So too are the credit unions.
"We're dealing with his head-on and getting our message out," said Dan Berger, president and CEO of the National Association of Federal Credit Unions, which is spearheading an email and call-in effort to lawmakers this week.
"Congress knows the value of credit unions," he said. "We were the only group lending to small businesses during the financial crisis. Our not-for-profit status shows that for us, it's not about stockholders, but about our members."
"If we lost the exemption, we'd be just like the banks," Berger said. "We don't want to be like them."
Credit unions, unlike banks, are not-for-profit, member-owned cooperatives. They have no shareholders and elect their boards of directors using a one-person, one-vote system, regardless of the amount individuals have invested.
Though products can vary, most credit unions are set up to offer more competitive interest rates and credit than banks and provide services like no-fee checking. Many are set up to directly support community development.
Only members of the credit union can deposit or withdraw funds, and the members usually, but not always, belong to a labor union, religious group or are employees of one company. Credit unions differ in terms of size and asset value.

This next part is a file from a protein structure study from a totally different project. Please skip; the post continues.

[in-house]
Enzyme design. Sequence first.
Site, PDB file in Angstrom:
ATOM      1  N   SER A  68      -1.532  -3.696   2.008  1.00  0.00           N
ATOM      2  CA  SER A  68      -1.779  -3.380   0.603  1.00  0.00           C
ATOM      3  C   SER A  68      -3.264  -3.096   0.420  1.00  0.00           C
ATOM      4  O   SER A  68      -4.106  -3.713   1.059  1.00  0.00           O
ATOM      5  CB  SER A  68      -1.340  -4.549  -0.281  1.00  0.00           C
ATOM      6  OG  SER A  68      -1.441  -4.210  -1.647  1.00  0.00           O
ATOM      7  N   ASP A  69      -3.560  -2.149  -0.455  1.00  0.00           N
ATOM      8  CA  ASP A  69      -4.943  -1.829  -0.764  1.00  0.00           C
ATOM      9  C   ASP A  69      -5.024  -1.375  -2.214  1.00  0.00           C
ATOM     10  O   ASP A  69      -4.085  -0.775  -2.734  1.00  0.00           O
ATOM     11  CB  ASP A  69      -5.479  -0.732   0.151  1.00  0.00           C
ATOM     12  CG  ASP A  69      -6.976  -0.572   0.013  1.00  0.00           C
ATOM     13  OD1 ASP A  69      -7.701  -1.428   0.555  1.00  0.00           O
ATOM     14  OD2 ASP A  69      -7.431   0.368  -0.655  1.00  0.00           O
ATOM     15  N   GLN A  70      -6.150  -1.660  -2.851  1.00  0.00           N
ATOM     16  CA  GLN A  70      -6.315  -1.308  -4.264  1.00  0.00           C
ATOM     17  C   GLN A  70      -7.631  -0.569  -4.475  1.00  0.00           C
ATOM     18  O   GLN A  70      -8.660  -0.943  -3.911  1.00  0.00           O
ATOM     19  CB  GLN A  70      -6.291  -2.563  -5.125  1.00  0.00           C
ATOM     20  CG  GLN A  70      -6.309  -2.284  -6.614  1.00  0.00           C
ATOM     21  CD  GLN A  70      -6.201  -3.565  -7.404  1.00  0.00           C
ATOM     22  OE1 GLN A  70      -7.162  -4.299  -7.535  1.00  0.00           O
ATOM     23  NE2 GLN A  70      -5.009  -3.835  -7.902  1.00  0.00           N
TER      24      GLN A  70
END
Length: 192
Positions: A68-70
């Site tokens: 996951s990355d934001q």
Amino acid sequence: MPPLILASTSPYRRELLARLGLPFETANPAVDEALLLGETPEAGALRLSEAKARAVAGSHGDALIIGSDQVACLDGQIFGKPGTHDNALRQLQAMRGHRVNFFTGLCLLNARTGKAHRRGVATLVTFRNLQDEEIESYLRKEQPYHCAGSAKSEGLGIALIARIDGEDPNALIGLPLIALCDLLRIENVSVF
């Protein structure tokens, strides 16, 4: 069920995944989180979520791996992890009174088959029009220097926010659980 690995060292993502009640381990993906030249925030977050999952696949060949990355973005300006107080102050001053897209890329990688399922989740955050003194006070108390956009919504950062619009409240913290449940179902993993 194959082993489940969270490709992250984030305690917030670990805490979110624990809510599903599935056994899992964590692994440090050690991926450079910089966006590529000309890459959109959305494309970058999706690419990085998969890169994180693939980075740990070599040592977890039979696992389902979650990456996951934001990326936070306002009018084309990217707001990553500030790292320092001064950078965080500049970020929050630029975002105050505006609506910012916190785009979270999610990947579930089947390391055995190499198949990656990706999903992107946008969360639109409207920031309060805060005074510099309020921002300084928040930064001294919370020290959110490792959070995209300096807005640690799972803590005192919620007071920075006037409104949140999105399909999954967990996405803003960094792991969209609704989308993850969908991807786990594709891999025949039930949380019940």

(Read more: Now it's the 43 percent: Fewer paying no income tax)
It was under a 1934 law called the Federal Credit Union Act—and partly due to the devastating national bank collapse from the Great Depression—that credit unions got a federal tax exemption because "credit unions are mutual or cooperative organizations operated entirely by and for their members." They still must pay state and local taxes.
Though their numbers have been historically small, credit union membership has seen dramatic growth. It surged to 95.7 million by March of this year, an increase of 2.7 million from the start of 2012. That growth over five financial quarters was more than the previous 11 quarters, according to SNL Financial.
Credit unions are now a $1 trillion industry. They hold 6 percent of all financial assets in the U.S., compared with banks' 93 percent.
"Banks are trying to have it all and drive credit unions out of business with this push to end the tax exemption," said Tony Cherin, a professor of finance at San Diego State University and a board member of the USE Credit Union in San Diego.
"They've seen the growth of membership as a result of the recession, and they're crying in their beer," he said. "They don't like the idea that credit unions can offer lower rates."
"That's not true," said the ABA's Ballentine. "We welcome the competition. Banks compete against each other every day. What we want is a level playing field."